The Center for the Southwest at The University of New Mexico presents a special evening with New York Times climate and science reporter Henry Fountain. Fountain will share from his new book The Great Quake: How the Biggest Earthquake in North America Changed Our Understanding of the Planet on Thursday, Nov. 9, 2017 at 6 p.m. in the Hibben Auditorium on the UNM campus.
Henry Fountain has been a reporter and editor at the New York Times for two decades, writing about science for most of that time. From 1999 to 2009 he wrote “Observatory,” a weekly column in the Science Times section. He was an editor on the national news desk and the Sunday Review and was one of the first editors of Circuits, the Times’ pioneering technology section. A graduate of Yale University, where he majored in architecture, Fountain worked previously at the International Herald Tribune in Paris, New York Newsday, and the Bridgeport Post in Connecticut.
In the bestselling tradition of Erik Larson’s Isaac’s Storm, The Great Quake is a riveting narrative about the biggest earthquake in North American recorded history — the 1964 Alaska earthquake that demolished the city of Valdez and swept away the island village of Chenega — and the geologist who hunted for clues to explain how and why it took place. At 5:36 p.m. on March 27, 1964, a magnitude 9.2. earthquake – the second most powerful in world history – struck the young state of Alaska. The violent shaking, followed by massive tsunamis, devastated the southern half of the state and killed more than 130 people. A day later, George Plafker, a geologist with the U.S. Geological Survey, arrived to investigate. His fascinating scientific detective work in the months that followed helped confirm the then-controversial theory of plate tectonics. Fountain weaves together science, storytelling, and human drama putting his readers in the midst of the earth at it most ferocious and humans at their finest.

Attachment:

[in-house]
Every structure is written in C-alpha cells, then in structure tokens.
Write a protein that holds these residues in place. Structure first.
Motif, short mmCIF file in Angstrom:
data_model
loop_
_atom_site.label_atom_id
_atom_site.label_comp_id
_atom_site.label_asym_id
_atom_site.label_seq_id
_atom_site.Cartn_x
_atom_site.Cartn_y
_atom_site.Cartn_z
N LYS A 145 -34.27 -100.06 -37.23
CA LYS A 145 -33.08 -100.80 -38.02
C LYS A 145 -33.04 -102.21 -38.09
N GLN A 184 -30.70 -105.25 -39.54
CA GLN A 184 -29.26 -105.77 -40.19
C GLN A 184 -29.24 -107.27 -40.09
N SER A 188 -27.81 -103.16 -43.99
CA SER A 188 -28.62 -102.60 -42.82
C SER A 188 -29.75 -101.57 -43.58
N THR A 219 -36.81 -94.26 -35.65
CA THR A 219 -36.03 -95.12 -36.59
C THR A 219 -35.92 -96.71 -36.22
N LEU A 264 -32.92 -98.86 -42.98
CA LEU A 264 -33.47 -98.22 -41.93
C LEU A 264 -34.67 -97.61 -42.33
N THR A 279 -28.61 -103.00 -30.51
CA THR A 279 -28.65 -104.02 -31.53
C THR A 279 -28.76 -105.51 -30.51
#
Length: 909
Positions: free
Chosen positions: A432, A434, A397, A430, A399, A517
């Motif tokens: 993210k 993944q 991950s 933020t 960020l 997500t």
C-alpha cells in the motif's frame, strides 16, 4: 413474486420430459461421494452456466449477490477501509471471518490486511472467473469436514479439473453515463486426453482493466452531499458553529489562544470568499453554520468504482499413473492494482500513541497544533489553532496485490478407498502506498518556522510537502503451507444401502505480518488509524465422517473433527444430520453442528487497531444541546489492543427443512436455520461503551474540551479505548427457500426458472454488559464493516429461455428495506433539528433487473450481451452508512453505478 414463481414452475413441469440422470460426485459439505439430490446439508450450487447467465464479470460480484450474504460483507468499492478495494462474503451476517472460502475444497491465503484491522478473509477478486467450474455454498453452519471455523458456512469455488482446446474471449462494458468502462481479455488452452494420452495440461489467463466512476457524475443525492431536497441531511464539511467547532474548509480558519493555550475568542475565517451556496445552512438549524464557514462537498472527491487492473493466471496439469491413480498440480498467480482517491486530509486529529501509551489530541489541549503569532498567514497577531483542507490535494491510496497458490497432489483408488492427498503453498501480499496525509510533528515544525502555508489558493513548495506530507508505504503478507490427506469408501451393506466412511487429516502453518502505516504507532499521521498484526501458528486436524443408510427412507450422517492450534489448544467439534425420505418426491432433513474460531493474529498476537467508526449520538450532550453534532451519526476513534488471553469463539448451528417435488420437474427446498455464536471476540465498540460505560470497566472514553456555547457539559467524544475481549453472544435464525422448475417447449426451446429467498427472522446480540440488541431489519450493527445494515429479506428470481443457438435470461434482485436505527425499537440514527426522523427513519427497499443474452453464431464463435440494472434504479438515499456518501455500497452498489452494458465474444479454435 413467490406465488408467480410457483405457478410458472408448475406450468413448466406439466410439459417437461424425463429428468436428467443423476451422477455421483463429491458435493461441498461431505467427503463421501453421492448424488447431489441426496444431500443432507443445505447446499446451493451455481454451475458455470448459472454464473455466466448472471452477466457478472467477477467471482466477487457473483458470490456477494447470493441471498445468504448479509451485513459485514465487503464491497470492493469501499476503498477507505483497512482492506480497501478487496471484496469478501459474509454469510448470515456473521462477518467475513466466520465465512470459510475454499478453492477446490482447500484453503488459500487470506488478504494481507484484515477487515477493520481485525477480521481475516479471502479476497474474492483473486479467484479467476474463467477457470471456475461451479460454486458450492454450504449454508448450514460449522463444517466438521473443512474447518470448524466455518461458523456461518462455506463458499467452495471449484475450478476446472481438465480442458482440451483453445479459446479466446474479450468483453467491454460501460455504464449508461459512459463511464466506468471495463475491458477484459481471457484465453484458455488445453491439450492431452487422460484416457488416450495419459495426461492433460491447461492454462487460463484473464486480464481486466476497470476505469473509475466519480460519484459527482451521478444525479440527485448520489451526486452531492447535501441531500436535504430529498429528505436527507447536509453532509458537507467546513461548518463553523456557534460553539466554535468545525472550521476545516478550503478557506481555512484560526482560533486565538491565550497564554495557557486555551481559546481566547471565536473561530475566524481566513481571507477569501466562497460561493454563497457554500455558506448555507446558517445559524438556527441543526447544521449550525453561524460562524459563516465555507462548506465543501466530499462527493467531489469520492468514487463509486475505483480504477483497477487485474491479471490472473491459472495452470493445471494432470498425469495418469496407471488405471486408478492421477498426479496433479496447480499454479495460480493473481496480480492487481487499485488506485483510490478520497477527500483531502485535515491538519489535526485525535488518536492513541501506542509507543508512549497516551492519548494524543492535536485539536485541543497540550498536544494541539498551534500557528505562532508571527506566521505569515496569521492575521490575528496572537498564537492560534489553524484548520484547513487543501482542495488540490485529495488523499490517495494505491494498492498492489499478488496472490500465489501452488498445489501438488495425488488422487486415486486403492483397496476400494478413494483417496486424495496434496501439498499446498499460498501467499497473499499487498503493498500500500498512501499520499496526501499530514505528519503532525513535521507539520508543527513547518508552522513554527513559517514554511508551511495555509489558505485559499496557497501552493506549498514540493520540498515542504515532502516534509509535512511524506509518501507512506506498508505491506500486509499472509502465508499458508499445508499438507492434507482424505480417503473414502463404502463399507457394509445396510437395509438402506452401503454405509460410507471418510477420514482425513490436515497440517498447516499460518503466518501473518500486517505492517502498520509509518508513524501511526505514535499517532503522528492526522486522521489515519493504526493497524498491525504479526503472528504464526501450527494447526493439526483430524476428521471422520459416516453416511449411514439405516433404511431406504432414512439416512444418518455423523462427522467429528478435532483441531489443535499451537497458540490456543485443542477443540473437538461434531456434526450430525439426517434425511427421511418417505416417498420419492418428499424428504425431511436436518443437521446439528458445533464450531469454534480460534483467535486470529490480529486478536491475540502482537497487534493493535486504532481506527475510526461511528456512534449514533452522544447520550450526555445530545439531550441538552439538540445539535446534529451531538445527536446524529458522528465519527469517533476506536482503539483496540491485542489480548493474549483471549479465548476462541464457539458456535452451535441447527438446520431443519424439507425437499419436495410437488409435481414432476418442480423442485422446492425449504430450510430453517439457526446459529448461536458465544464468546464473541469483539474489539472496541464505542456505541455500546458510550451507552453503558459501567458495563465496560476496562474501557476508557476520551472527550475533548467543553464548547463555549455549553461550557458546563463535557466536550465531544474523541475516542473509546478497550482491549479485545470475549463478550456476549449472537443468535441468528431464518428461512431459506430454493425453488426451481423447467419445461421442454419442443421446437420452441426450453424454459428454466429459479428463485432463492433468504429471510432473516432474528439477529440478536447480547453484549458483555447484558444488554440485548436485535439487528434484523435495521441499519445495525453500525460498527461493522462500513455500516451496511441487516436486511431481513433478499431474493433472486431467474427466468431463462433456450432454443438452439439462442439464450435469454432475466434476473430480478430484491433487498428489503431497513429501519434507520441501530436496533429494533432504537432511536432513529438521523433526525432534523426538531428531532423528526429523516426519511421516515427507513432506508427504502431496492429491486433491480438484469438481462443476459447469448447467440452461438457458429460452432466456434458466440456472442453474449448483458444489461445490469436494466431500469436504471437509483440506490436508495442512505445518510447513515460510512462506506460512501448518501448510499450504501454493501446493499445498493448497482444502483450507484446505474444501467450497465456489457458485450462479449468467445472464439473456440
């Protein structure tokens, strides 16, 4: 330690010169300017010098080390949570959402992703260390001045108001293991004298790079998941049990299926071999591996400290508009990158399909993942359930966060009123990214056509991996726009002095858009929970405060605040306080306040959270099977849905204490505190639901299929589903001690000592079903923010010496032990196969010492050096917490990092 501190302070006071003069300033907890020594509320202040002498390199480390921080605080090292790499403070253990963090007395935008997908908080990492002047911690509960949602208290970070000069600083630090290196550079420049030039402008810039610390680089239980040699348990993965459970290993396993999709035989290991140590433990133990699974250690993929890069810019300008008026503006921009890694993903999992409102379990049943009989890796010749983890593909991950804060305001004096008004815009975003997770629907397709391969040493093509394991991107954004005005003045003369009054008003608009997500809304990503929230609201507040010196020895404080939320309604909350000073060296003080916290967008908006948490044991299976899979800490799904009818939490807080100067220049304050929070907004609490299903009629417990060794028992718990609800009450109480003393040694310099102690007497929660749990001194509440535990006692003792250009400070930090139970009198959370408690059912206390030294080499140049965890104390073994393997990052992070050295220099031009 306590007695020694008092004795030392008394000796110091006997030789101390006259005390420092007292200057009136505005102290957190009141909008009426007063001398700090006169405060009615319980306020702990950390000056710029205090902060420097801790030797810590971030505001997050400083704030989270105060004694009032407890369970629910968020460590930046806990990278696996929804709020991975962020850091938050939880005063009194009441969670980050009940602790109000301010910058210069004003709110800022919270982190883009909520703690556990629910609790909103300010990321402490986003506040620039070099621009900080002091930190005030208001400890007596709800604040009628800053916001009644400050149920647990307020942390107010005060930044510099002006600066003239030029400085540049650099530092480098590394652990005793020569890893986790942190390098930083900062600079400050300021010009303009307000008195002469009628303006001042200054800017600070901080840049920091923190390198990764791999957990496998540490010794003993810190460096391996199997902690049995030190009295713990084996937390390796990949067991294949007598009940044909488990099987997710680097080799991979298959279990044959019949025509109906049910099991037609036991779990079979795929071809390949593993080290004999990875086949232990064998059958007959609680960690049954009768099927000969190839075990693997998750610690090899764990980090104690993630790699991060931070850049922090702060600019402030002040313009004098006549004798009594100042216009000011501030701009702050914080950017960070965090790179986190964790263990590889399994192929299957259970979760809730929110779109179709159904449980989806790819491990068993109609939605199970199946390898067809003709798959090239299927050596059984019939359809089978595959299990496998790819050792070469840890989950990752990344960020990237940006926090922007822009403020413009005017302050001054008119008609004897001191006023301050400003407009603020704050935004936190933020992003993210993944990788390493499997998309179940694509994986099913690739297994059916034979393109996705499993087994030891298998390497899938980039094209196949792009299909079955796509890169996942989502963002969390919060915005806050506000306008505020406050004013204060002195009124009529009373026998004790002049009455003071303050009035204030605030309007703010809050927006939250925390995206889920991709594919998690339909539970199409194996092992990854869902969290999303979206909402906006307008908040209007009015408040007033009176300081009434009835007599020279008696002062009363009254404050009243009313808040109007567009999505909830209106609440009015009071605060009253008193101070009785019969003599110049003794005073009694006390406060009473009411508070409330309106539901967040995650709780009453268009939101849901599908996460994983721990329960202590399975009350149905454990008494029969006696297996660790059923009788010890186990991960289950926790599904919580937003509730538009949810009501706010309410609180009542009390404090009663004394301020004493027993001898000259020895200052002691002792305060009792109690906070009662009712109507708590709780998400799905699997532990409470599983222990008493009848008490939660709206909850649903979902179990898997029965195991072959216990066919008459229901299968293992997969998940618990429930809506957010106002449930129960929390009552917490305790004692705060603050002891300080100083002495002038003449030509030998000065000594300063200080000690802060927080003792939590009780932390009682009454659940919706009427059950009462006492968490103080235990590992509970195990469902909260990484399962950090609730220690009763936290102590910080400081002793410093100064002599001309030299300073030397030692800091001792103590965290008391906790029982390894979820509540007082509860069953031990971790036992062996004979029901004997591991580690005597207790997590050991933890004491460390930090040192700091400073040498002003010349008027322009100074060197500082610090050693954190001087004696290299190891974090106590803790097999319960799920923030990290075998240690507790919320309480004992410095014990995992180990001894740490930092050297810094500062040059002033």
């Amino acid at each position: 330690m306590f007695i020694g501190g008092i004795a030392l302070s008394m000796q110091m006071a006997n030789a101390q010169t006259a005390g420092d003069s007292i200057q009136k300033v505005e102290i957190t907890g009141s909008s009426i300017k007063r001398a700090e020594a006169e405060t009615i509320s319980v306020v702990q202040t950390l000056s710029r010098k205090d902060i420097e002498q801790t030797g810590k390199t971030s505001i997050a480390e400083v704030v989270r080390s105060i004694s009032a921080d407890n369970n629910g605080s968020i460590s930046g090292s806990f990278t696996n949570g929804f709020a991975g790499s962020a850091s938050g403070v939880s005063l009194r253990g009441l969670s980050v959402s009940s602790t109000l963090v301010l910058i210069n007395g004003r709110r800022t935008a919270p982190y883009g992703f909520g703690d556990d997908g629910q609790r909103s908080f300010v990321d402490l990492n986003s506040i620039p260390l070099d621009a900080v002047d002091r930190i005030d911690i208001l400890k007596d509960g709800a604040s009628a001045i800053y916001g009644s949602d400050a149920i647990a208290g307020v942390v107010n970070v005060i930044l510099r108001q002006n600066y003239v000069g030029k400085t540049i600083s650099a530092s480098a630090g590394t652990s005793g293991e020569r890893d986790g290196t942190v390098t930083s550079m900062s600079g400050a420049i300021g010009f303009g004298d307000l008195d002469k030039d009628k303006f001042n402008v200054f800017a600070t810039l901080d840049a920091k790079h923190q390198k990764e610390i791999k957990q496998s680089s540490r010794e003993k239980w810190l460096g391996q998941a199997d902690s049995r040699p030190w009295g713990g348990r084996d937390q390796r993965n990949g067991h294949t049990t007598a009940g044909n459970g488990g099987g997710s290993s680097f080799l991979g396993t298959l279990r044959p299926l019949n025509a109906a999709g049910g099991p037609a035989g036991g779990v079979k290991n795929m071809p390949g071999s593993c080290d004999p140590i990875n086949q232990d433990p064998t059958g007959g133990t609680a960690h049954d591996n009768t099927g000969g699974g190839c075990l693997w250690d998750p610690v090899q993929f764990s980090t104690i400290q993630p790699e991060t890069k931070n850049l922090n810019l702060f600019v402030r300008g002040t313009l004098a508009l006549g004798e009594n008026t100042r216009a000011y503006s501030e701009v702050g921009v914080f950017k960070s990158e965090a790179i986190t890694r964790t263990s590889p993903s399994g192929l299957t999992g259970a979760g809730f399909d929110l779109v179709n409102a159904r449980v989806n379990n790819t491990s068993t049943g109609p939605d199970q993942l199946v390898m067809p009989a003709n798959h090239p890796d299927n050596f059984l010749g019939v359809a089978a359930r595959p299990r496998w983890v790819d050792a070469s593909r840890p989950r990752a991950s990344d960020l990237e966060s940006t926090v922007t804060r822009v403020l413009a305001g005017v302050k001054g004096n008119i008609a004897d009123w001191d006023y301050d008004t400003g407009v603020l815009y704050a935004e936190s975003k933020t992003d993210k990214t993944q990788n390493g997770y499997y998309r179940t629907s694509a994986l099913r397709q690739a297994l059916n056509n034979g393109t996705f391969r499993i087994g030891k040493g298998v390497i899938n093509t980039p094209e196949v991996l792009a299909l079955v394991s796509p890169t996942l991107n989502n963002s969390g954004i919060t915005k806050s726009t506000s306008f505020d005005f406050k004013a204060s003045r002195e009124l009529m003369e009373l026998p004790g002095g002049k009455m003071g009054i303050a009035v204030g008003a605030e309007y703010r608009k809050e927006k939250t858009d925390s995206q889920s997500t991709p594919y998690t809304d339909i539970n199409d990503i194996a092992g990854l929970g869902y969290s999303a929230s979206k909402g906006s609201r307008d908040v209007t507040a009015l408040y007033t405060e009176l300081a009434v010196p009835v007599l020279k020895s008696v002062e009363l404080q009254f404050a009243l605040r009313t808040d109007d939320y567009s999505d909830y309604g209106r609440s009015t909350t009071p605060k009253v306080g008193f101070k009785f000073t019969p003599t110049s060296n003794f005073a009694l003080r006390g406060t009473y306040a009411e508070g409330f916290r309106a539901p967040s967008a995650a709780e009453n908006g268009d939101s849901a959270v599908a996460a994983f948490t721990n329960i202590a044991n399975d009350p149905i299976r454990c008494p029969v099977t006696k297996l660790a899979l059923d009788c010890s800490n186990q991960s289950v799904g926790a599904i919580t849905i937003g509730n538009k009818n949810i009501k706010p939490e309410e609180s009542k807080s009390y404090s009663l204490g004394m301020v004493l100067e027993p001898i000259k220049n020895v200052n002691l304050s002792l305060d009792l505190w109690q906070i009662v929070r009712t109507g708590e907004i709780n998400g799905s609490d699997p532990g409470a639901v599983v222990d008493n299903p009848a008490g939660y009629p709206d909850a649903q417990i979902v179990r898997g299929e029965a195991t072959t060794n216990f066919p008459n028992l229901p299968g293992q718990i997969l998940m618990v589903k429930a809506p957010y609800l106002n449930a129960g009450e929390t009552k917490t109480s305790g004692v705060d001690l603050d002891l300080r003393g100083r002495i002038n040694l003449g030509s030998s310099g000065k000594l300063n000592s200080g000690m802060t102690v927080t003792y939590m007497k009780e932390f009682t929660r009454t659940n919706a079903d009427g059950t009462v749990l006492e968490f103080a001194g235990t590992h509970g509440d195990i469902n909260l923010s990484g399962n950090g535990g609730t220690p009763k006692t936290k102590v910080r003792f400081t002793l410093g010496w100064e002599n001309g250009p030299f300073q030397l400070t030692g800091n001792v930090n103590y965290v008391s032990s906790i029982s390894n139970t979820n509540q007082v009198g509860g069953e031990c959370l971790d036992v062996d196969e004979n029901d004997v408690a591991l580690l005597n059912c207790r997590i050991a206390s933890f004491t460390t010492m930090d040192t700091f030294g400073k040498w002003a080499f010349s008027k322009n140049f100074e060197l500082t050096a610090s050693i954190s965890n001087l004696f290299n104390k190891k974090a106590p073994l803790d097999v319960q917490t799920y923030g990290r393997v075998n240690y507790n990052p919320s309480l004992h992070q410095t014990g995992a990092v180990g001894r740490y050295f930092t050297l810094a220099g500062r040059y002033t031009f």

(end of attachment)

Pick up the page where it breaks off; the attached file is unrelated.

The lecture is free and open to the public. After the lecture a reception and book signing with the author will take place. The lecture is sponsored by the Center for the Southwest and the Department of History at UNM.
For more information about the lecture and other Center for the Southwest programs visit the Center online at www.centerforthesouthwest.unm.edu or email email@example.com. You can also follow the Center on Facebook and Twitter.